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SSAC shows staying power, adds to offerings for 2017

01/05/2017, 7:45pm EST
By by: Steven Ryzewski Senior Sports Editor

With nine years in the books and offerings that have grown to include five different sports, the Sunshine State Athletic Conference — which includes three local schools — is eyeing more growth and excitement in 2017.

 

Among many goals of the FHSAA’s sweeping changes to its playoff and district formatting for football last fall was that of bringing some of the state’s many independent programs — or programs that compete outside of traditional state series competition — back into the fold.

The elimination of districts in Classes 1A-4A was championed as giving the smaller programs more autonomy over scheduling, with games against district rivals no longer mandated.

According to FloridaHSFootball.com, more than 30 independent schools have agreed to return to state series competition as of Dec. 14 — but while other independent conferences are reeling from departures, the Sunshine State Athletic Conference continues to gain momentum.

The SSAC, which includes local programs at Windermere Prep, Legacy Charter and Central Florida Christian Academy, suffered a net loss of just two programs this offseason, according to league president Stuart Weiss. 

Seven total programs departed — though not all of those who departed did so to rejoin the state series — and five programs joined the independent league, giving the conference 30 members for its 2017 fall football season.

According to Weiss, who in six years as a coach and administrator for the league has seen it blossom from 12 teams to 30, the reason so many programs are content to stay put is simple: the conference offers a good product.

“Teams that compete here typically have a great, positive experience,” Weiss said, championing the league’s emphasis on sportsmanship and hospitality. “The games are competitive. You don’t tend to get a lot of that chippiness in the games, and it’s a really good, wholesome place to play.”

The league prides itself on providing parity — there has been a different varsity football champion in each of the conference’s nine seasons of competition — and on being a place where smaller programs who might struggle in state series play can be competitive.

Among those programs is CFCA.

“For us, at CFCA, it (competing in the state series) would not be feasible,” Eagles head coach Chris Cook said. “Our student population is so small, and the influx from year to year would make it really hard to be competitive year in and year out.”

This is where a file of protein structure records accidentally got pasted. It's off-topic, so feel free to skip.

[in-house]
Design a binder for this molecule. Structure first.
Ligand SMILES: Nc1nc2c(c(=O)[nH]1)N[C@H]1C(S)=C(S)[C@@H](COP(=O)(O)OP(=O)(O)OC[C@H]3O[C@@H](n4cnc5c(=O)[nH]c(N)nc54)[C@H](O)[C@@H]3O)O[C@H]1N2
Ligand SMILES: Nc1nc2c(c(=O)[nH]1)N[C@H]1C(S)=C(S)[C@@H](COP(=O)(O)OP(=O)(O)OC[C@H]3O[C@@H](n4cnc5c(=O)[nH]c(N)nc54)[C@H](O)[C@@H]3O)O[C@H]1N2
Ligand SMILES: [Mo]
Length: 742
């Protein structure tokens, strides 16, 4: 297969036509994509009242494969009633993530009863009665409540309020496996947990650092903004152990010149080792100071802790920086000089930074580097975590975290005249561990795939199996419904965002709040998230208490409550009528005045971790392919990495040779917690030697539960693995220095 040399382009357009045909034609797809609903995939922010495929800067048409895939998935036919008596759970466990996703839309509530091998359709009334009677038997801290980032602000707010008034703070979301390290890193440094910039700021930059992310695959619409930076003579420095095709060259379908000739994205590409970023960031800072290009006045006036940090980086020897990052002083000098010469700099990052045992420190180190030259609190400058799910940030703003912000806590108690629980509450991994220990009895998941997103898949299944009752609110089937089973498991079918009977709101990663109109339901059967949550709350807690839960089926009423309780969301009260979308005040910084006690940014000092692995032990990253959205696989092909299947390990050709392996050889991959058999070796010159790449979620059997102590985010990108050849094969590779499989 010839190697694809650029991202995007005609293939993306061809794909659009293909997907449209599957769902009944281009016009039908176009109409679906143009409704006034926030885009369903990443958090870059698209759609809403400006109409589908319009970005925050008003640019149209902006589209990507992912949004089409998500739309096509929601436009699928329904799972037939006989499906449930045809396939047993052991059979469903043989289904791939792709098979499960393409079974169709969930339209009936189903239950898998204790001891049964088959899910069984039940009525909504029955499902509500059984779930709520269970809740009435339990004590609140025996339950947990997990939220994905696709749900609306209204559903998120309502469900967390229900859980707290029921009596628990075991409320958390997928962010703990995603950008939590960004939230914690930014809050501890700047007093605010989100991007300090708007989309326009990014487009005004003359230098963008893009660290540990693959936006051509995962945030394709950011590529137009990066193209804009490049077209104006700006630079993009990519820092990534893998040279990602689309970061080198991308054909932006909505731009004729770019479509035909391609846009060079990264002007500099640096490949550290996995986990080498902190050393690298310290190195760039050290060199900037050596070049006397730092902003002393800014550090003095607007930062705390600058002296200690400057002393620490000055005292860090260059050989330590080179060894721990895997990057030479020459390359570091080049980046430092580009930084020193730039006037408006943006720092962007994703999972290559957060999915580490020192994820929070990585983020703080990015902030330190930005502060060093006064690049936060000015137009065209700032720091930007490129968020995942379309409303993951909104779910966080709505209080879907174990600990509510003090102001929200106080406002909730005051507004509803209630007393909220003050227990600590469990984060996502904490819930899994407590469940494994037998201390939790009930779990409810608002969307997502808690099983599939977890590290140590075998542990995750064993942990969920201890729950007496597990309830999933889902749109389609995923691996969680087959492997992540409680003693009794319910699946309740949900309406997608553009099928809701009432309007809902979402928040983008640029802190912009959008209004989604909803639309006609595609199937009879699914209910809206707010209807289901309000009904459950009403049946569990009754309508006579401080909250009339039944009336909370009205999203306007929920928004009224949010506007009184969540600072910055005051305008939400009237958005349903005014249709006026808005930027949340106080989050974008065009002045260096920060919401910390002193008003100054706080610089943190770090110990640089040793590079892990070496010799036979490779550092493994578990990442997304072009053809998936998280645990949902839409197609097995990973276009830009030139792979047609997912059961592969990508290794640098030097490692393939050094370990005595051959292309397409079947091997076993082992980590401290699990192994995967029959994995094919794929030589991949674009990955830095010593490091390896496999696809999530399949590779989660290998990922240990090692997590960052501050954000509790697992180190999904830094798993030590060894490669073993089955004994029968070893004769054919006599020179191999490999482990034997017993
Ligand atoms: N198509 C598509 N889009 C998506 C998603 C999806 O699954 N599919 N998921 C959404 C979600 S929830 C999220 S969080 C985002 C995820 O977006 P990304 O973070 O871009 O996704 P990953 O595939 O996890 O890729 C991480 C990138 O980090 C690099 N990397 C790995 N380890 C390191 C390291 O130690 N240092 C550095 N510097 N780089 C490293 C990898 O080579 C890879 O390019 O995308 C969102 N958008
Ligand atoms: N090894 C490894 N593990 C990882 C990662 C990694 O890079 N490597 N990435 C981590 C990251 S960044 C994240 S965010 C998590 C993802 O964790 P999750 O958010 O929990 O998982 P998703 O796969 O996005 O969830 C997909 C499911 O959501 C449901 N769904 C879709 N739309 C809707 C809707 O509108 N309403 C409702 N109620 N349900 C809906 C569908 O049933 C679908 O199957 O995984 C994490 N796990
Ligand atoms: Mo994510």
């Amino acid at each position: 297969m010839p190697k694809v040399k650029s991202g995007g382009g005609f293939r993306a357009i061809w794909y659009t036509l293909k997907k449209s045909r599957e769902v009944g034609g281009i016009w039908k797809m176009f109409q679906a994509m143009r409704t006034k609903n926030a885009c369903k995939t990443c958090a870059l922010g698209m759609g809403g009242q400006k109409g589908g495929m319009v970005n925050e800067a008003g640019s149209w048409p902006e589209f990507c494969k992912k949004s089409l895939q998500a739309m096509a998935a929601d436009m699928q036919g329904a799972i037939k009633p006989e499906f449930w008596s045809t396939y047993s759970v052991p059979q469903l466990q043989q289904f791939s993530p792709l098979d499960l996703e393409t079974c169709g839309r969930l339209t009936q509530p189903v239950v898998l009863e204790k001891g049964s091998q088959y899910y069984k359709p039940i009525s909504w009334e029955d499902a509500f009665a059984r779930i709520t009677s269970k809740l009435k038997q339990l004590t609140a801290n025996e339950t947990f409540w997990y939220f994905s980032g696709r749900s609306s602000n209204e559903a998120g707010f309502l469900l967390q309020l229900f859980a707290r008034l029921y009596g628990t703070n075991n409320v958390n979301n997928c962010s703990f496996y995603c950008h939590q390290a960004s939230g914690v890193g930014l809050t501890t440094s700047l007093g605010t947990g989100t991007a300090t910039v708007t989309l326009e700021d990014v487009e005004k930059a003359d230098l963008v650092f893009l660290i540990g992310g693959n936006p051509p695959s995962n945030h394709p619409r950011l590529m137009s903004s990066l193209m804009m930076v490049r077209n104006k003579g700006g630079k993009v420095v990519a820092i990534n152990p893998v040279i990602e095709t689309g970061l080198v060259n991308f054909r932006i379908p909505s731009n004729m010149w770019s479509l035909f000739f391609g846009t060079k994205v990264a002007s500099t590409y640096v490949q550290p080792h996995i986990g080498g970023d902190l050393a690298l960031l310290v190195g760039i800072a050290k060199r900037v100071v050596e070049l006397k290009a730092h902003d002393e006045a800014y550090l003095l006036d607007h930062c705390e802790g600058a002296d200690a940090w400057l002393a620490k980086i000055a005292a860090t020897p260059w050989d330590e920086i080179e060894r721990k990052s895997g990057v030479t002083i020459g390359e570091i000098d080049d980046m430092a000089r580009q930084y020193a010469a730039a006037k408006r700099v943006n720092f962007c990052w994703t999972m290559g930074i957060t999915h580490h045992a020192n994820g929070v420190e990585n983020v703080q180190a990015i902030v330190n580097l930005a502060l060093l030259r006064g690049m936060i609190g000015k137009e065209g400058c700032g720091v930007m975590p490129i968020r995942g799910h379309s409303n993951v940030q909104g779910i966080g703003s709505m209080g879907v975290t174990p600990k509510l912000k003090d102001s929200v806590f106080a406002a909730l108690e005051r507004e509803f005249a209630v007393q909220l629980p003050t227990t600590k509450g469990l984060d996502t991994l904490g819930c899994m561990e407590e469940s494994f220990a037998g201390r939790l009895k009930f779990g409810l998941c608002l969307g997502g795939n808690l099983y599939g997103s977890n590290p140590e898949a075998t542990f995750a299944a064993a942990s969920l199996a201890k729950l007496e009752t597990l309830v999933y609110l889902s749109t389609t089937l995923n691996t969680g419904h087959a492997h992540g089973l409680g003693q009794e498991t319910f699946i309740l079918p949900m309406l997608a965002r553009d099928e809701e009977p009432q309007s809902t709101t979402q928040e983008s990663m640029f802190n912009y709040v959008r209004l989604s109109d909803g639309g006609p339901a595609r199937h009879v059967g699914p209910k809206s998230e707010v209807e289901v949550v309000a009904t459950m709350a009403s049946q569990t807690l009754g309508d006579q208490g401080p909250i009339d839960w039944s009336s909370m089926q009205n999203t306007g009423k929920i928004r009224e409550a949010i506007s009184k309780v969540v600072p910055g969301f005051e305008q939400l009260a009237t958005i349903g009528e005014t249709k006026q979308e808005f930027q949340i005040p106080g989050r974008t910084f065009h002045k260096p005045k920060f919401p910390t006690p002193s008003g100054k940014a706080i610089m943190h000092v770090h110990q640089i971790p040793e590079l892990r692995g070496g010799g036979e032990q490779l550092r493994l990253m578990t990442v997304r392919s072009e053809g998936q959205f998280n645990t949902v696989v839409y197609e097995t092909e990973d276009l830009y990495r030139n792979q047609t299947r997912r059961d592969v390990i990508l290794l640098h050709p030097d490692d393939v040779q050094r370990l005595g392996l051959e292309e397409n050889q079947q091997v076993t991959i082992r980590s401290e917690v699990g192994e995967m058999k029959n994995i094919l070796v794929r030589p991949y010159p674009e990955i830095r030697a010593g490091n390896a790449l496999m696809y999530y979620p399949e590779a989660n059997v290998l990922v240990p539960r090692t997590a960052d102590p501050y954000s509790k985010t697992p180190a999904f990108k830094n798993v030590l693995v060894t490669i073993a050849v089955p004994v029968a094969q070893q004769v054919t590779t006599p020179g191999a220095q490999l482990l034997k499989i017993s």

Cook is readying for his second season as the Eagles’ head coach — and that fact, itself, is welcome news for a program that has seen four different head coaches in four years. The instability in the program has led to a drop in numbers for CFCA’s football program, with the Eagles dressing just 25 players this past fall.

In spite of that, and in spite of the lack of continuity in coaching philosophy, the Eagles have been able to compile a 19-12 record over the past three seasons.

That has made CFCA, along with Legacy and Windermere Prep, happy customers in the SSAC.  

To maintain its competitive balance, the league only admits programs that would classify as Class 3A or lower if they were to compete in state series play. Its board also puts an emphasis on finding like-minded members who are going to respect the rules and run clean programs.

It also puts an emphasis on being responsive to its programs.

“We try to meet the needs of our members,” Weiss said. “Everything we’ve done has been at the request of our members.”

Strong feedback from its membership has led to the SSAC expanding beyond varsity football over the past few years. 

The conference has 22 members in its middle school football league and has already added boys and girls basketball.

This spring, it will have its first season of beach volleyball and, in the 2017-18 school year, there are hopes of offering boys and girls soccer for its members.

The format the SSAC has chosen for basketball — one that will likely be mirrored for soccer — is one where schools can compete in the SSAC as well as in the state series, thanks to more scheduling flexibility as compared to a sport such as football.

As it did last winter, the SSAC will host a basketball tournament and crown a champion in January prior to the beginning of district tournaments for the state series.

The addition of beach volleyball has spurred a new level of excitement around the league, as it represents the first time that the sport — which is growing in popularity — has been offered in the state of Florida.

“Our response when we came out when we were going to have beach volleyball was probably the biggest response we’ve had for anything,” Weiss said. “It’s been widespread, and it’s been positive.”

In light of the FHSAA’s recent efforts to bring some of its independent members back into the state series fold, Weiss says that there is a perception that his league — which technically operates within the overriding governing system of the FHSAA — does not get along with the organization, but he says that is not the case.

“We’re pro-FHSAA — we think we’re what’s good about FHSAA,” Weiss said. “We’re just trying to offer something for our members.”

Going forward into the new year, Weiss says he and the other board members and commissioners within the league are excited to continue to grow the conference’s brand — and to possibly a crown a 10th unique champion at its annual Florida Bowl game in the fall.

“That’s parity,” Weiss said. “That means we’re doing something right.”

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